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  International AIDS Conference
Durban, South Africa
July 18-22 2016
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Impact of Aging on non-AIDS Comorbidity in Large Spanish HIV Cohort
  21st International AIDS Conference (AIDS 2016), July 18-22, 2016, Durban, South Africa
Mark Mascolini
Among Spanish CoRIS Cohort members 50 or older, almost 14 in 1000 have a new non-AIDS cancer diagnosis every year, a rate nearly 3 times higher than in younger CoRIS members [1]. Almost 9 in 1000 of the 50-or-older group have a cardiovascular disease diagnosis every year, an incidence more than 6 times higher than the younger group.
Non-AIDS diseases account for growing rates of morbidity and mortality in people surviving longer thanks to antiretroviral therapy (ART). Researchers working with the Cohort of the Spanish AIDS Research Network (CoRIS) aimed to describe patterns of non-AIDS morbidity according to age in this ongoing cohort study. Beginning in 2004, CoRIS includes HIV-positive people older than 13 at participating centers who have not begun ART when they enroll.
Focusing on people who entered the cohort from 2004 to 2014, the CoRIS team calculated incidence per 1000 person-years for several non-AIDS comorbidities and the distribution of comorbidities in cohort members younger than 50 and 50 or older. They modeled age as a time-dependent variable. The eight comorbidities analyzed were cardiovascular disease, kidney-associated events, liver-associated events, non-AIDS malignancies, bone disease, psychiatric illness, metabolic disease, and other non-AIDS infections.
The analysis involved 9569 people with HIV through 34,105 person-years of follow-up. Median age stood at 35 years (interquartile range [IQR] 29 to 43), 84% of participants were men, and 58% men who have sex with men. Median CD4 count at cohort entry stood at 350. The proportion of cohort members 50 or older grew from 8.8% in 2004 to 21.2% in 2014. In the 50-or-older group, 1 comorbidity developed during 17% of total person-years and 2 developed in 4% of person-years. Respective proportions in the younger group were 8% and 1%.
For all comorbidities except psychiatric illness, liver disease, and other non-AIDS infections, incidence was significantly greater in CoRIS members 50 or older than in younger cohort members:
-- Non-AIDS malignancy: older vs younger, 13.61 vs 5.16 per 1000 person-years, P < 0.001
-- Cardiovascular: 8.75 vs 1.38 per 1000 person-years, P < 0.001
-- Metabolic: 7.40 vs 1.69 per 1000 person-years, P < 0.001
-- Psychiatric: 6.28 versus 6.30 per 1000 person-years, P = 0.987
-- Bone: 5.81 versus 3.19 per 1000 person-years, P = 0.004
-- Kidney: 5.60 vs 2.07 per 1000 person-years, P < 0.001
-- Liver: 3.46 vs 2.63 per 1000 person-years, P = 0.299
-- Other non-AIDS infection: 0.57 versus 0.27 per 1000 person-years, P = 0.281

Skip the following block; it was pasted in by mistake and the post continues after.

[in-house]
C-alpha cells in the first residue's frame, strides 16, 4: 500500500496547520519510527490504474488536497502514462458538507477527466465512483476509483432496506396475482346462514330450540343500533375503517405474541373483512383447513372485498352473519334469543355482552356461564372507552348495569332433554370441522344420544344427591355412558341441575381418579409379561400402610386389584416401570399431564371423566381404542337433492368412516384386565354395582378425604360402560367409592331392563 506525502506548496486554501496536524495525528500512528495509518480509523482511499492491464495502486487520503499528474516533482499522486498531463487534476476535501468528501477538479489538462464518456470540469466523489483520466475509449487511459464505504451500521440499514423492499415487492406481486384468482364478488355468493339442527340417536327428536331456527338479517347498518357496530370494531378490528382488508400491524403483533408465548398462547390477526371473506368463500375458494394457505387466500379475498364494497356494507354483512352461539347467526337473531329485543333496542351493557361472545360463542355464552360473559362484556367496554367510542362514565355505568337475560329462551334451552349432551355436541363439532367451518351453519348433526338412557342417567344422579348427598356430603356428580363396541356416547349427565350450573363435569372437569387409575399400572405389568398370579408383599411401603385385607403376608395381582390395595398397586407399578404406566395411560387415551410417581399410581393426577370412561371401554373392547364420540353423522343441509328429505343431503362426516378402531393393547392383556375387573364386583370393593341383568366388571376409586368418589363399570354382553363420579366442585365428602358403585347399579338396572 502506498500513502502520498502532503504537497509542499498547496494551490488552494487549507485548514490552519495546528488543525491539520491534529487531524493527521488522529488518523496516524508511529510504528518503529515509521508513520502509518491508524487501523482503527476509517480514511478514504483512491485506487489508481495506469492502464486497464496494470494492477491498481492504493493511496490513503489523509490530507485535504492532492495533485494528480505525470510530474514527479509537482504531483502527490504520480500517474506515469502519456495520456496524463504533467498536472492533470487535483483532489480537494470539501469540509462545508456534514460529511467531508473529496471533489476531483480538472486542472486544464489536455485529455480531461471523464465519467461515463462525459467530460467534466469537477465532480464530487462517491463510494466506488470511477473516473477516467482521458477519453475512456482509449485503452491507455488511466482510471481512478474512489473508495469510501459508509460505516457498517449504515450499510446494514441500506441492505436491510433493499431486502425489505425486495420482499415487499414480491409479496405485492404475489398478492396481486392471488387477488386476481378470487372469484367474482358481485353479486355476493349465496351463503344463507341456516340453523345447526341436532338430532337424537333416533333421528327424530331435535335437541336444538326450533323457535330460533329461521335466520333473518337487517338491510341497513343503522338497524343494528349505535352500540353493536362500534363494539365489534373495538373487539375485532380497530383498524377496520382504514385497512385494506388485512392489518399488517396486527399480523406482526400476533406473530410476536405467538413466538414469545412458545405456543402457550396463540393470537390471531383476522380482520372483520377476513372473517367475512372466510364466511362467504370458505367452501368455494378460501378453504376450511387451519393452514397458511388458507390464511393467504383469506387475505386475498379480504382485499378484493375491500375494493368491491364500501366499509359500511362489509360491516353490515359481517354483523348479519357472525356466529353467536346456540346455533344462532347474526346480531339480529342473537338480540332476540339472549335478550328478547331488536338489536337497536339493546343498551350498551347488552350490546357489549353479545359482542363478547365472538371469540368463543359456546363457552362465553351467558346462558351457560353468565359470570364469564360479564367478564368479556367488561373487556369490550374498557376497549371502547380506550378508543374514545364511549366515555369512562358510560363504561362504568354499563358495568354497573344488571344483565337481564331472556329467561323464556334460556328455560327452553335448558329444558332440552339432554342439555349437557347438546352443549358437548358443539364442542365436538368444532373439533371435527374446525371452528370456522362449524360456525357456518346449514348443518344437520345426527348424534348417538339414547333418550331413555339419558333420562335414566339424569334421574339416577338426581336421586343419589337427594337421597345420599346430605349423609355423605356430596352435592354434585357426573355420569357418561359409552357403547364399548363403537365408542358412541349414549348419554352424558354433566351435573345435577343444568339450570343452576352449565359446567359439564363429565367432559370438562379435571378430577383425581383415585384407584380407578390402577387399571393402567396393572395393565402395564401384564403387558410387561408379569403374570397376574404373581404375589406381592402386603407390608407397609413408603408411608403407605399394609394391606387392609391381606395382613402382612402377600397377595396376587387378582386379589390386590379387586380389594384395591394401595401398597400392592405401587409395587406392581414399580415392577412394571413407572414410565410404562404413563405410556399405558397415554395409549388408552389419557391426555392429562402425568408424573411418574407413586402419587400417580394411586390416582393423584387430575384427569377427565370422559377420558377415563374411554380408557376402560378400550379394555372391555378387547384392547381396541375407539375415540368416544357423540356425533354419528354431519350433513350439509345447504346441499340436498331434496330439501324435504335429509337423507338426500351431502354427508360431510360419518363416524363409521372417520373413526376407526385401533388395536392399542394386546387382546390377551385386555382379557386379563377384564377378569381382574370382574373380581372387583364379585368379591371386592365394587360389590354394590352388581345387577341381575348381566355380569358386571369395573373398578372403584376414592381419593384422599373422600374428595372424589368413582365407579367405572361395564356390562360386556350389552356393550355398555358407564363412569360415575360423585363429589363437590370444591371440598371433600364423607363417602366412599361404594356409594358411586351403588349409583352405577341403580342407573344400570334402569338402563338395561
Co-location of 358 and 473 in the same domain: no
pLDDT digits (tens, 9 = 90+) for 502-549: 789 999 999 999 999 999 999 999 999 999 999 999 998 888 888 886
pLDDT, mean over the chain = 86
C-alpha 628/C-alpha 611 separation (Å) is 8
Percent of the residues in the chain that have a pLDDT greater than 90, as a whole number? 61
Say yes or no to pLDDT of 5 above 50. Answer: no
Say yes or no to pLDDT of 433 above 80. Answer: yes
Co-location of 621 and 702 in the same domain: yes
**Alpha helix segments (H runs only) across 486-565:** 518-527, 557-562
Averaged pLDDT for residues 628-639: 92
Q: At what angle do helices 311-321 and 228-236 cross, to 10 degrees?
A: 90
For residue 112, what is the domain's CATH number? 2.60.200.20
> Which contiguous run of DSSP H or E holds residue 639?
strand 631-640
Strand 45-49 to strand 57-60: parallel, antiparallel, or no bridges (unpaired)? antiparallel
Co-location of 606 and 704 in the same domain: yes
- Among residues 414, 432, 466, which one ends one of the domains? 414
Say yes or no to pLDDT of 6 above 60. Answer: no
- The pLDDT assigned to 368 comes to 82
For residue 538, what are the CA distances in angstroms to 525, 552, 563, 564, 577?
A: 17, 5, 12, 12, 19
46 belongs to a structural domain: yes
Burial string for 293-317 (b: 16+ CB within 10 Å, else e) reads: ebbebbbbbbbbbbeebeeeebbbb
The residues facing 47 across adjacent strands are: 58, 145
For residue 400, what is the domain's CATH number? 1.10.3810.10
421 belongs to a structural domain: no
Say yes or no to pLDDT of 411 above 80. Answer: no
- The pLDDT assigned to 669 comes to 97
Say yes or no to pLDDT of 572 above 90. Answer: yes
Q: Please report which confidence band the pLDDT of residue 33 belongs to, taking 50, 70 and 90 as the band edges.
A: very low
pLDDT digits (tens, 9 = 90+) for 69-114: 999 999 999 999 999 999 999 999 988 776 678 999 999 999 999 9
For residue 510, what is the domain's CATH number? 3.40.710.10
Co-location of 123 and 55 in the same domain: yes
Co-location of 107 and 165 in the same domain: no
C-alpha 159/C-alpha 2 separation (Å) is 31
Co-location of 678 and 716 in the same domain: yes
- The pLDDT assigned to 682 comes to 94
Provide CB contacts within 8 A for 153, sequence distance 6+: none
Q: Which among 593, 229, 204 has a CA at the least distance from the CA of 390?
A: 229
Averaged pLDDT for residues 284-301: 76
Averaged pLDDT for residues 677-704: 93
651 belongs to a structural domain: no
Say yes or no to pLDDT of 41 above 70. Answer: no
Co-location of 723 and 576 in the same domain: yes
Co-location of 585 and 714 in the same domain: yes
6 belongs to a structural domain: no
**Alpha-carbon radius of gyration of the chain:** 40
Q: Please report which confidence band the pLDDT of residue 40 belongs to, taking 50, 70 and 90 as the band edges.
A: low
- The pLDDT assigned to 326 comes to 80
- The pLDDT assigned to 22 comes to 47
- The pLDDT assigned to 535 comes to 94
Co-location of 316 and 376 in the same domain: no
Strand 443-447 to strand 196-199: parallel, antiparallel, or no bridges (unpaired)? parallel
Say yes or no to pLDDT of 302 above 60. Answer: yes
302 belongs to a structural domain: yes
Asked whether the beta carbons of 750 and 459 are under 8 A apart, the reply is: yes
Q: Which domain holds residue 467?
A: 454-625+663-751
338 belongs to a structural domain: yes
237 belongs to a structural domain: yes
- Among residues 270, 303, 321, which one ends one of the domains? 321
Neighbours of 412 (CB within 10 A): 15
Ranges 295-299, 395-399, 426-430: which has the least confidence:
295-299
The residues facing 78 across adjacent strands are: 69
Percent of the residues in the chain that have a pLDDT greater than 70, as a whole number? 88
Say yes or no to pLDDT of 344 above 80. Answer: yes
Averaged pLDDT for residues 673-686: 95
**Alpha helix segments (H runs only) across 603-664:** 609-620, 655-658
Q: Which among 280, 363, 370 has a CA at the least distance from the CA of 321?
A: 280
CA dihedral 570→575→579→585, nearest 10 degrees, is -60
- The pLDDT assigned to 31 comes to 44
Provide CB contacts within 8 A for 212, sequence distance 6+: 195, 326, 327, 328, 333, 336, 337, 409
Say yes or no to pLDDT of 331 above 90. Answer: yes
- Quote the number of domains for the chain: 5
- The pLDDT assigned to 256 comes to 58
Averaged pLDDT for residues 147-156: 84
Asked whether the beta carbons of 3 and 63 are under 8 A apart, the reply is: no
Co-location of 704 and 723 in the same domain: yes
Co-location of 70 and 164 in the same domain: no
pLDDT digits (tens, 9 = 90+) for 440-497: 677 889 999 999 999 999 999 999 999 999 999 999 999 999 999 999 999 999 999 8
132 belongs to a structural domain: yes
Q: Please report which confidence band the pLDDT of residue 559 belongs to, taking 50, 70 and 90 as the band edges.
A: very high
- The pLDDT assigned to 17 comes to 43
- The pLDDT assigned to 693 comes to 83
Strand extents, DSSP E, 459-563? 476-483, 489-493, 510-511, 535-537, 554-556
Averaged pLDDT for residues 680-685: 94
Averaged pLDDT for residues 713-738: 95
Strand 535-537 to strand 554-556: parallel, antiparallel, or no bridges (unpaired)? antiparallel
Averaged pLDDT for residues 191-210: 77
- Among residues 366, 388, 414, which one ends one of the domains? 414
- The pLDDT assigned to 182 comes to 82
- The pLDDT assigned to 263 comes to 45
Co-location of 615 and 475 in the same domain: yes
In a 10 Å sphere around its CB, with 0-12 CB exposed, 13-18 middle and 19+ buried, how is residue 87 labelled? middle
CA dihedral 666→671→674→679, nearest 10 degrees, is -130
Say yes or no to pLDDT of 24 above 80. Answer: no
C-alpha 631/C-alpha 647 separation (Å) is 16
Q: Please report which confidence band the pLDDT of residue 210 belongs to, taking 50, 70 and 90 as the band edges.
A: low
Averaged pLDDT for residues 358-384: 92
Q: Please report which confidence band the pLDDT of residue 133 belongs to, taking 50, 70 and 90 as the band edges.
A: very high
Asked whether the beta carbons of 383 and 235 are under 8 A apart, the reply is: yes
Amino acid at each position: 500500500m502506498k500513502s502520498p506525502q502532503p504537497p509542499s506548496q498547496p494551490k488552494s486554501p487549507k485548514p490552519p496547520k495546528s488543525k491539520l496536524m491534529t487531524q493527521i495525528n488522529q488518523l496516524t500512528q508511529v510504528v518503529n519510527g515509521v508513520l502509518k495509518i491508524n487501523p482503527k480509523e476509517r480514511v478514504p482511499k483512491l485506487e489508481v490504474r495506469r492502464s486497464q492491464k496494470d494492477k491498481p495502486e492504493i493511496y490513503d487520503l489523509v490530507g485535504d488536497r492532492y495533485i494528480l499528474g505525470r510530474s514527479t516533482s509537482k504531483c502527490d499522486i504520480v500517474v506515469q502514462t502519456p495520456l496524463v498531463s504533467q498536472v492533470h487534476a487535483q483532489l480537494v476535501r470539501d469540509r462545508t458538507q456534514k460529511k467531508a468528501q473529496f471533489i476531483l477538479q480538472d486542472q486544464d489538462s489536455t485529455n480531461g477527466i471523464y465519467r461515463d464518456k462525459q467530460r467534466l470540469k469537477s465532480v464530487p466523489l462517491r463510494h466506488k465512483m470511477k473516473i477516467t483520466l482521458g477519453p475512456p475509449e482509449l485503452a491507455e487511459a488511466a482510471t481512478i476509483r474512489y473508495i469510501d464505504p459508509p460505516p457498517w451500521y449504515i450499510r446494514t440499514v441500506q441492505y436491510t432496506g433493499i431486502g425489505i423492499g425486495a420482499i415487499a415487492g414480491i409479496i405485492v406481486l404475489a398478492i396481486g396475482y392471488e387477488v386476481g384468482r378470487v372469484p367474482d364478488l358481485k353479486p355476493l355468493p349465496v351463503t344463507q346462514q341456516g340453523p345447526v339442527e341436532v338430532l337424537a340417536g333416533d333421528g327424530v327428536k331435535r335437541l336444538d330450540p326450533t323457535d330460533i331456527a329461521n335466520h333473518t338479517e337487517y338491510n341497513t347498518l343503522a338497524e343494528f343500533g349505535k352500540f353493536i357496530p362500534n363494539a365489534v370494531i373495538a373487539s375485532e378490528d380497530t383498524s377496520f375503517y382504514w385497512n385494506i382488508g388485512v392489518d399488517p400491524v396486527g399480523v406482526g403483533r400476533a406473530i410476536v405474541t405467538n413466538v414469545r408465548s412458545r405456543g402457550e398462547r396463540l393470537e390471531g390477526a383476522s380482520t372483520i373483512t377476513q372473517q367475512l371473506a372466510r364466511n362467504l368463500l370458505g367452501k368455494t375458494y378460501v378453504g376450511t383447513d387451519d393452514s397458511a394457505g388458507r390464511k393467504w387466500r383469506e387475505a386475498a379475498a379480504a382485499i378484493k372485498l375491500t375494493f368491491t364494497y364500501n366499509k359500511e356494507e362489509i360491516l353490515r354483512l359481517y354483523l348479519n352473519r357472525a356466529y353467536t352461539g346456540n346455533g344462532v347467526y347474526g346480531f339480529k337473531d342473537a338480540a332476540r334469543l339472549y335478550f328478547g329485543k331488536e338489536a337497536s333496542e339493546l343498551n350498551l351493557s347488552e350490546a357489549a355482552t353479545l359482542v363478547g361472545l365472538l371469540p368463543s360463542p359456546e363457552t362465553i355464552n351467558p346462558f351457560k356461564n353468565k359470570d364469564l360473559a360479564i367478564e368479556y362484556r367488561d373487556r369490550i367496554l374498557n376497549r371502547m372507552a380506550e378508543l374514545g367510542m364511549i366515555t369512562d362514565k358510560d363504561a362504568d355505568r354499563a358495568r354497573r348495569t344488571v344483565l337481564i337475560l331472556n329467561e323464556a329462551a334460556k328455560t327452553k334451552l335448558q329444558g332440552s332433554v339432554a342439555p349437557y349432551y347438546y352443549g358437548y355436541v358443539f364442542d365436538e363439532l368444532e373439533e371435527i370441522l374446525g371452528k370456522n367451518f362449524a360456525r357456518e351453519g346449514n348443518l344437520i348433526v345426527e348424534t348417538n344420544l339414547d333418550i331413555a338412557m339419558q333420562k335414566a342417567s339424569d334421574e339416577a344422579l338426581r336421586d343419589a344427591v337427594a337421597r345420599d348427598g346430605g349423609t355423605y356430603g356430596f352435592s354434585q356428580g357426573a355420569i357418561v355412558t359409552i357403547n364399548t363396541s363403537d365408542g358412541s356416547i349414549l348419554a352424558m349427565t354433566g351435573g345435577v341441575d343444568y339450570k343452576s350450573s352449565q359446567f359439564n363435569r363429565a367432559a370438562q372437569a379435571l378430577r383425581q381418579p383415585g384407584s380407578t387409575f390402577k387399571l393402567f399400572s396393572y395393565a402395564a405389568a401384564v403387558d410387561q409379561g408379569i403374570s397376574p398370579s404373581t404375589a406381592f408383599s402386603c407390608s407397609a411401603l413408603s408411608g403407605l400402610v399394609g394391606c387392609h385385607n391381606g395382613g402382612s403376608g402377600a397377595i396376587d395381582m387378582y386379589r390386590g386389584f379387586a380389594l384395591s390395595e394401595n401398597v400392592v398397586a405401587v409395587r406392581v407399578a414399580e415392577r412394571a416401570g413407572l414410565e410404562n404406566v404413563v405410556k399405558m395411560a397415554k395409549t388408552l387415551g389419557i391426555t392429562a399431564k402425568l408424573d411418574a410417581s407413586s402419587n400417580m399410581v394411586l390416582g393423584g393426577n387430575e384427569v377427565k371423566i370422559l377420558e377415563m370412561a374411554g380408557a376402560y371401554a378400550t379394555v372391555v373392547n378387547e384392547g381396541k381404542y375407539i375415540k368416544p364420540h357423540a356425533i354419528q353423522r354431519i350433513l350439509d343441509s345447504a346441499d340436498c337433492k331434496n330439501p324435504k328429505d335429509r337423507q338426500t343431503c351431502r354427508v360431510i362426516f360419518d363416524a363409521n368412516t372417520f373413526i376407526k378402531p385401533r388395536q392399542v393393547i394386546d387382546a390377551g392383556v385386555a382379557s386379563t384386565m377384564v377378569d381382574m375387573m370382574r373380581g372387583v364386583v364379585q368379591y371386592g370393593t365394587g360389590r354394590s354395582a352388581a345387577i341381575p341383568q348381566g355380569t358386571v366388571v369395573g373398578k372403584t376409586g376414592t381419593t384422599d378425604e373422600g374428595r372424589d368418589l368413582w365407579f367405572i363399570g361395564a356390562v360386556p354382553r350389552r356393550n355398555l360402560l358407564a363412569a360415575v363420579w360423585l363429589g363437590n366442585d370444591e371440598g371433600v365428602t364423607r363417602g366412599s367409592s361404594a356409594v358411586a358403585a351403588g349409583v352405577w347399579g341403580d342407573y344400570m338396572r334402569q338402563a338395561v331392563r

The CoRIS investigators concluded that "non-AIDS events have emerged as an important cause of comorbidity and multi-morbidity, especially among those with older age, and pose a new challenge for HIV treatment and care."
1. Alejos B, Hernando V, del Amo J, et al. Ageing and associated morbidity in HIV-positive persons in the Cohort of the Spanish AIDS Research Network (CoRIS). 21st International AIDS Conference (AIDS 2016). July 18-22, 2016. Durban, South Africa. Abstract WEPDB0105.
from Jules: in communication with authors 7% in 2004 and 20% in 2014 were between ages of of 50->64, so that is a tripling of numbers of patients >50, and almost a tripling of those 60-64, soon there will be a much more significant number of patients over 60 years old and then the numbers of comorbidities, multiple comorbidities, polypharmacy, falls, fractures and frailty etc problems will magnify quite a bit more, because it is after 60-65 in the general population that aging problems kick in because that is when aging related immunity decline occurs and in HIV+ this time period will result in a worse slope of decline in immunity that will occur at earlier ages than in the general population, because of the damaged immunity caused by HIV & contributed to by lower nadir CD4, and of course the association with HIV causing senescence, accelerated aging, which all contribute to a serious aging problem in HIV; numerous studies report aging accelerated by 5-15 years vs HIV-negatives. The older HIV+ population is the one most likely to have had a lower nadir CD4, more likely to have had senescence; senescence is when immunity declines [reflected by certain T-cell changes], normally in healthy people around 60-65 years old, but numerous studies found senescence occurs for HIV+ earlier than HIV-negatives and is likely to be associated with accelerated aging & increased risk for earlier comorbidities onset & increased risk for greater numbers of comorbidities, particularly frailty. These will result in decline in functional capacity for daily living activities for older HIV+ at earlier ages:
Veterans Aging Cohort Study (VACS) Index, Functional Status, and Other Patient Reported Outcomes in Older HIV-positive (HIV+) Adults in SF.....Poor Outcomes in HIV+ Aging age 53-61